79.  17 CFR 240.11a2-2(T)(a)(2)(iv). In addition, Rule 11a2-2(T)(d) requires a member or associated person authorized by written contract to retain compensation, in connection with effecting transactions for covered accounts over which such member or associated person thereof exercises investment discretion, to furnish at least annually to the person authorized to transact business for the account a statement setting forth the total amount of compensation retained by the member in connection with effecting transactions for the account during the period covered by the statement. See 17 CFR 240.11a2-2(T)(d). See also 1978 Release (stating “[t]he contractual and disclosure requirements are designed to assure that accounts electing to permit transaction-related compensation do so only after deciding that such arrangements are suitable to their interests”).

    Back to Citation

    80.  See Amendment No. 1. See also EDGX Rule 21.20, Interpretation and Policy .02. Although the EDGX COA Auction is distinct from the CUBE Auctions in that the EDGX COA Auction is not an auction of paired orders, NYSE American believes that its proposed rules describing the sequential processing of Single-Leg and Complex CUBE Auctions are consistent with the sequential processing of COAs described in EDGX's rules. See Amendment No. 1.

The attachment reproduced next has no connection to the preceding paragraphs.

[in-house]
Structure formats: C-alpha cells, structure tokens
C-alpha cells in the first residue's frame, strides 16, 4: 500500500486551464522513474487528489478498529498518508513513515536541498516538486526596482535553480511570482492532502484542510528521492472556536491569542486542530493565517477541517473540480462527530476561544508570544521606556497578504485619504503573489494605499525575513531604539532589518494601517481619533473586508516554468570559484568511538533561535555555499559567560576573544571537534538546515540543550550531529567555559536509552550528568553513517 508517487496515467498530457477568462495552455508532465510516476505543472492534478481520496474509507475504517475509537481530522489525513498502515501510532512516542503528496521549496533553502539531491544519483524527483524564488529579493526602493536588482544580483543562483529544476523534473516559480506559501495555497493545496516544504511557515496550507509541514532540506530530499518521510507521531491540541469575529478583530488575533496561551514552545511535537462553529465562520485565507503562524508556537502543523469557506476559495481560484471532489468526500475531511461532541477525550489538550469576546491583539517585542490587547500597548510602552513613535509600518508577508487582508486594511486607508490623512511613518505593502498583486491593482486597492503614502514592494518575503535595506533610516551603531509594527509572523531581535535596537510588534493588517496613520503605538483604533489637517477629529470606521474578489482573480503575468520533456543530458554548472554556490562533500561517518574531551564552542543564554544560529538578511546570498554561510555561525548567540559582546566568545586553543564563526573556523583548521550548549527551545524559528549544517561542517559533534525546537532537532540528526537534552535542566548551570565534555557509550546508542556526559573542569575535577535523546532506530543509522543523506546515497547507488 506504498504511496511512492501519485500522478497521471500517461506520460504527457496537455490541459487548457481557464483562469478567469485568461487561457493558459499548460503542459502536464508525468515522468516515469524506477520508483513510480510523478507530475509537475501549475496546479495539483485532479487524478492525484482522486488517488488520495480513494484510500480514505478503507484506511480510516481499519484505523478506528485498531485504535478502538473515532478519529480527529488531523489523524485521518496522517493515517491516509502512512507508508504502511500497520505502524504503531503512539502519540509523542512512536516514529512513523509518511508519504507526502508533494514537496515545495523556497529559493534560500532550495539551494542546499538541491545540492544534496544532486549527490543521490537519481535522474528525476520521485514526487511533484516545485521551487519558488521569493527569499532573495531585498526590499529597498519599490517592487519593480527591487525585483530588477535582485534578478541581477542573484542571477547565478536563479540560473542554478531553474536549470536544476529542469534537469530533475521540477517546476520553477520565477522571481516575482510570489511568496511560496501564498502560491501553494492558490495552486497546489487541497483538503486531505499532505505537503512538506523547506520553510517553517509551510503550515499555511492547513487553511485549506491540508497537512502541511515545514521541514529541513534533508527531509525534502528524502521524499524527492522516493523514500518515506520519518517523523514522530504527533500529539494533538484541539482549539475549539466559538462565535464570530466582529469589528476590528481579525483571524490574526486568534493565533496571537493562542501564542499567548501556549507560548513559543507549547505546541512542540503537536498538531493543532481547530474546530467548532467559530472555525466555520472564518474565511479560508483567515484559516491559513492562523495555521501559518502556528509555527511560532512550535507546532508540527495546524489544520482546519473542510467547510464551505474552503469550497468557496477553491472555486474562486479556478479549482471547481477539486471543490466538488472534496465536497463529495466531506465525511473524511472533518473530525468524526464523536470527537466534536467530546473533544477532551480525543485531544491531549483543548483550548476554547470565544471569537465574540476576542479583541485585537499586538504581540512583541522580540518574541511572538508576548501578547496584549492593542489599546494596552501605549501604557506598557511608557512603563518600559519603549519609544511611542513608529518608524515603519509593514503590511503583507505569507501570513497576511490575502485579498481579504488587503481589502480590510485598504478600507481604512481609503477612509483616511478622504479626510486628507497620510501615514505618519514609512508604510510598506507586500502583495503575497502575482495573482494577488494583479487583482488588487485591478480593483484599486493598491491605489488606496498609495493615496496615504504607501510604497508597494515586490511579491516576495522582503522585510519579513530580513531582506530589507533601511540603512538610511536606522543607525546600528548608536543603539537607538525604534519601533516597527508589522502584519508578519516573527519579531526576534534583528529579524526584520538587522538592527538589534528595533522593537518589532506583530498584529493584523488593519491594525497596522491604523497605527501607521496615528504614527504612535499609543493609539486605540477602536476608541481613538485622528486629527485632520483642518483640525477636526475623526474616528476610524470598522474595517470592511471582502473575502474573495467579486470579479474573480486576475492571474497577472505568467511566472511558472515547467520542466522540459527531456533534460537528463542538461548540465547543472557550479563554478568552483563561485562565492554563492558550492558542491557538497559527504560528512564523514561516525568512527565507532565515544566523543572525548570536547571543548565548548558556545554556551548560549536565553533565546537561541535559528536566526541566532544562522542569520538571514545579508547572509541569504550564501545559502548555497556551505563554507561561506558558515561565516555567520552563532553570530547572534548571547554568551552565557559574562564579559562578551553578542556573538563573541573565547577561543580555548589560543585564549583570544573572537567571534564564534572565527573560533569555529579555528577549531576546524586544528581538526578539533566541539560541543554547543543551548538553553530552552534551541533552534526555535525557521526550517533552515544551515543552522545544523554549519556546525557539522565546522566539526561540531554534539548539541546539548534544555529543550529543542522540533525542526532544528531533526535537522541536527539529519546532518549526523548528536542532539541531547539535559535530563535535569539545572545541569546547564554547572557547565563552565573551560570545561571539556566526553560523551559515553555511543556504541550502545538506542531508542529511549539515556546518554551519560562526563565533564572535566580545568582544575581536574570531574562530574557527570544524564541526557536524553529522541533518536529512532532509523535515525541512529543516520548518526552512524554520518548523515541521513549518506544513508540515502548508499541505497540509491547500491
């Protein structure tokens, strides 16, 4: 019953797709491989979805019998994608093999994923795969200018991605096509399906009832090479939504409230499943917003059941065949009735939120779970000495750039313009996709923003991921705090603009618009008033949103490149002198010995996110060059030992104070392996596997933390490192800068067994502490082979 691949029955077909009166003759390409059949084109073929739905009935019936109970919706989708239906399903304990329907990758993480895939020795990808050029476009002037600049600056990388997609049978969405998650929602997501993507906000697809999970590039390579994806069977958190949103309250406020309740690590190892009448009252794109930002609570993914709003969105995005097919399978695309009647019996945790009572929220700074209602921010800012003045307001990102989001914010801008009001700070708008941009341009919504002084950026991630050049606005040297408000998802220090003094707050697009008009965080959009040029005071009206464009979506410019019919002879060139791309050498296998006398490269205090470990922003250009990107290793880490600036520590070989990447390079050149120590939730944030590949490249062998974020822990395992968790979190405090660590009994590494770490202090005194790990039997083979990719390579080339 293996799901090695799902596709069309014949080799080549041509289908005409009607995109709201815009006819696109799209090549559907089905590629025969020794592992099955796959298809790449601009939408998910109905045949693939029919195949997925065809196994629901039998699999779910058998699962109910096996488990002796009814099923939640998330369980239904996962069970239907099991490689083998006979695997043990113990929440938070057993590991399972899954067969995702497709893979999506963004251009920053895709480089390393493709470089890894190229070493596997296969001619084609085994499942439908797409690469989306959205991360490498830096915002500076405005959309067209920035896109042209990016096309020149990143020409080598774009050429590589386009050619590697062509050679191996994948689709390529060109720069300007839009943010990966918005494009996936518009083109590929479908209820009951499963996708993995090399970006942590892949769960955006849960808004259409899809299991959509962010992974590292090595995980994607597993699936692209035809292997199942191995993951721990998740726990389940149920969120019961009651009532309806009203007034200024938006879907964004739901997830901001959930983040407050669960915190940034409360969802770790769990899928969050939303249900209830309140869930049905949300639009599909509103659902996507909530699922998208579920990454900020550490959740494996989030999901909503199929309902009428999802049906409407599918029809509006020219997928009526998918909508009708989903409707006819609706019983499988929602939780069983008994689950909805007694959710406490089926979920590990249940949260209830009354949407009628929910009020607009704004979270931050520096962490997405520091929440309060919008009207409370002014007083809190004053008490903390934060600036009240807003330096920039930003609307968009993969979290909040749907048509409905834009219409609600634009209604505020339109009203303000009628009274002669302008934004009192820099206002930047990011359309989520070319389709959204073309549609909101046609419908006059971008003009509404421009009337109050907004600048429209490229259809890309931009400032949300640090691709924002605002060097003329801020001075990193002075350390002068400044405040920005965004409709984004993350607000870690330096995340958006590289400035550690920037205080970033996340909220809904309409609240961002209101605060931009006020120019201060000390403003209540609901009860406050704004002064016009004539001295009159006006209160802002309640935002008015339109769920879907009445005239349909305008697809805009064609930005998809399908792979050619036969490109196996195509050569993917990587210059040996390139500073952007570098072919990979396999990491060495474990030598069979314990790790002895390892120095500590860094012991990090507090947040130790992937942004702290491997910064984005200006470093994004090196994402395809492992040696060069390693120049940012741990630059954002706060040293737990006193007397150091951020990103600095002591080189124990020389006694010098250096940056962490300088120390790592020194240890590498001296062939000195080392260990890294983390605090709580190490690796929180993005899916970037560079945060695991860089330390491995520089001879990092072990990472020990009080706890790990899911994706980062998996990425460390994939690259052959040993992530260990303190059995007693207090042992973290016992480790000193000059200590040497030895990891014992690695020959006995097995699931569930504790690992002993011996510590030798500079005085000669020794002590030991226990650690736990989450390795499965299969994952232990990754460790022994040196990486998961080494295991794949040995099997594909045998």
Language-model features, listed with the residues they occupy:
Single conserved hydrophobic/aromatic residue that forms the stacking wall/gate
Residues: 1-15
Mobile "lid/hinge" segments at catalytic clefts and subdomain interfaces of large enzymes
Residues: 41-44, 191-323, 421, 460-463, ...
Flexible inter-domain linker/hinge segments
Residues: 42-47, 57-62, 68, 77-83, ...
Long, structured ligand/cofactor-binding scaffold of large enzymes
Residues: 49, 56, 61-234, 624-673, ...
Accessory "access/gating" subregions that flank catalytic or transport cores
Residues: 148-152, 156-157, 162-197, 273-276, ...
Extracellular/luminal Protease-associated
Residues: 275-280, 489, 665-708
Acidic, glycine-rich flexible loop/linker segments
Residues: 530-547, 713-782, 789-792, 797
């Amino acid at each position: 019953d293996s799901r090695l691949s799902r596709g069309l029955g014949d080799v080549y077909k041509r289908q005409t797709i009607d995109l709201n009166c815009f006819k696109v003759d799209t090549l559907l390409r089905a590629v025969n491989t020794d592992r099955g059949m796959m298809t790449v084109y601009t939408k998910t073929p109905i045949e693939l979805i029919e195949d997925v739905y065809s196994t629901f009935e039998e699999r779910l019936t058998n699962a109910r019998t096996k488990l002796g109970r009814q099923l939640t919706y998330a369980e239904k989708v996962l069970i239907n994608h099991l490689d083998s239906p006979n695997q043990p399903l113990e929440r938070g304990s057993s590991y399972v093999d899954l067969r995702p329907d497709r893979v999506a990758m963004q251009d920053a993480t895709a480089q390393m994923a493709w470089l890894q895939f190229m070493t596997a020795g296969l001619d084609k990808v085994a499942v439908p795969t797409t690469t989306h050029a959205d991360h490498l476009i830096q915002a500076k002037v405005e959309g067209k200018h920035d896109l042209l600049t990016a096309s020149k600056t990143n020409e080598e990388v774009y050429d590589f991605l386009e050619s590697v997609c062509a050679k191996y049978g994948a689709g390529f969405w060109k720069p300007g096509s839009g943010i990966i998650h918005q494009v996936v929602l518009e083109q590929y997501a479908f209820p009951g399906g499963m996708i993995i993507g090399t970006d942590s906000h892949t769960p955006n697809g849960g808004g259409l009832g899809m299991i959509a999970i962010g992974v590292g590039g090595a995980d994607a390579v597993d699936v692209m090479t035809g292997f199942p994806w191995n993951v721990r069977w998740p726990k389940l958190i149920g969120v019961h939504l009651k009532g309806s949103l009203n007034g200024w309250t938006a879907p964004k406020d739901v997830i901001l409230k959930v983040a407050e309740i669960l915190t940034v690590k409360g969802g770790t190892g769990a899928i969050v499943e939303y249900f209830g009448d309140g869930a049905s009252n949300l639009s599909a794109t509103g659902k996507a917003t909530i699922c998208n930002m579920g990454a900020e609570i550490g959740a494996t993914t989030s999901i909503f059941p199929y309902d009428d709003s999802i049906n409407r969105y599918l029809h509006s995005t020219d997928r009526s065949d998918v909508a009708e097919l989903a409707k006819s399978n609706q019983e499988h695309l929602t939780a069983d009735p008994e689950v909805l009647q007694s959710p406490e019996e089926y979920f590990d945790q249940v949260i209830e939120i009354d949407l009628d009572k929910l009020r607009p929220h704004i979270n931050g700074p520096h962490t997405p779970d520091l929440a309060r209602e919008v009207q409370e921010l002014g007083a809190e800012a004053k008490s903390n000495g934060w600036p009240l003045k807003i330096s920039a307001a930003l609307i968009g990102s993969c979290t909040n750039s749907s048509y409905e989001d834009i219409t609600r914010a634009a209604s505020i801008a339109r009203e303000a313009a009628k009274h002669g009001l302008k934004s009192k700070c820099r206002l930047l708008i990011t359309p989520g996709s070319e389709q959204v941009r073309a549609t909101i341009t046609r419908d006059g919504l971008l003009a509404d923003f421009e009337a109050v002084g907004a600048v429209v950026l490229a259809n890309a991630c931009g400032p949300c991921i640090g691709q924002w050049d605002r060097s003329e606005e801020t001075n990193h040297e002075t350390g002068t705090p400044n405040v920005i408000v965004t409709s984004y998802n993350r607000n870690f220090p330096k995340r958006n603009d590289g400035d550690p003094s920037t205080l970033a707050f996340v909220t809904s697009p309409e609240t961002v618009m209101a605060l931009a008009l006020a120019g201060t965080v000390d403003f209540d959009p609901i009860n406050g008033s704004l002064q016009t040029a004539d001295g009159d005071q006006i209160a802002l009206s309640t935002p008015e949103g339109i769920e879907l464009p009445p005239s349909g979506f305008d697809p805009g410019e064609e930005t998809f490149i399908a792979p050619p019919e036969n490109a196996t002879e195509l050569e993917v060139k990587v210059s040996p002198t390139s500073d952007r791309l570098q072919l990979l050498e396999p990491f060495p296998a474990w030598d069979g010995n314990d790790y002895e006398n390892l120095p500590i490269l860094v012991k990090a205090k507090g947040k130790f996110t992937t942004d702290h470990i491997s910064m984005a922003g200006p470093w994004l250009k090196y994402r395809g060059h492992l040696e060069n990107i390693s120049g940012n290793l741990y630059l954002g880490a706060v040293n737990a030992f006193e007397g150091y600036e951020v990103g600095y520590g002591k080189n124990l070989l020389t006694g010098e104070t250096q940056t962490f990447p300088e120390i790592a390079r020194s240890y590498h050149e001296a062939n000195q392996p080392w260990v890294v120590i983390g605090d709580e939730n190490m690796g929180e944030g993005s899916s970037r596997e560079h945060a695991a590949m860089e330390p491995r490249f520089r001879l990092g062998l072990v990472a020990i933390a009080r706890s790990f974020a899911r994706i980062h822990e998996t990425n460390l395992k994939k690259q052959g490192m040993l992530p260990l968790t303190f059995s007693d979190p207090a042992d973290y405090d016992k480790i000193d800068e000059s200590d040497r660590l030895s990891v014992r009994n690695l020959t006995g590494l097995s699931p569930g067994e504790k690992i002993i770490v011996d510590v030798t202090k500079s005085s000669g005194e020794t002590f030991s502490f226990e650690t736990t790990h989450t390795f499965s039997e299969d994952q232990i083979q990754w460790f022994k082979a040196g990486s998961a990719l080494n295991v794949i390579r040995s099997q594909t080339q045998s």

Back to Citation

    81.  See id.

    Back to Citation

    82.  See id.

    Back to Citation

    [FR Doc. 2018-12432 Filed 6-8-18; 8:45 am]

    BILLING CODE 8011-01-P

Document Information

Published:
06/11/2018
Department:
Securities and Exchange Commission
EntryType:
Notice
Document Number:
2018-12432
Pages:
27061-27068 (8 pages)
Docket Numbers:
Release No. 34-83384, File No. SR-NYSEAMER-2018-05
E.O. Citation:
of 6/5/2018
SectionNoes:
PDF File:
2018-12432.pdf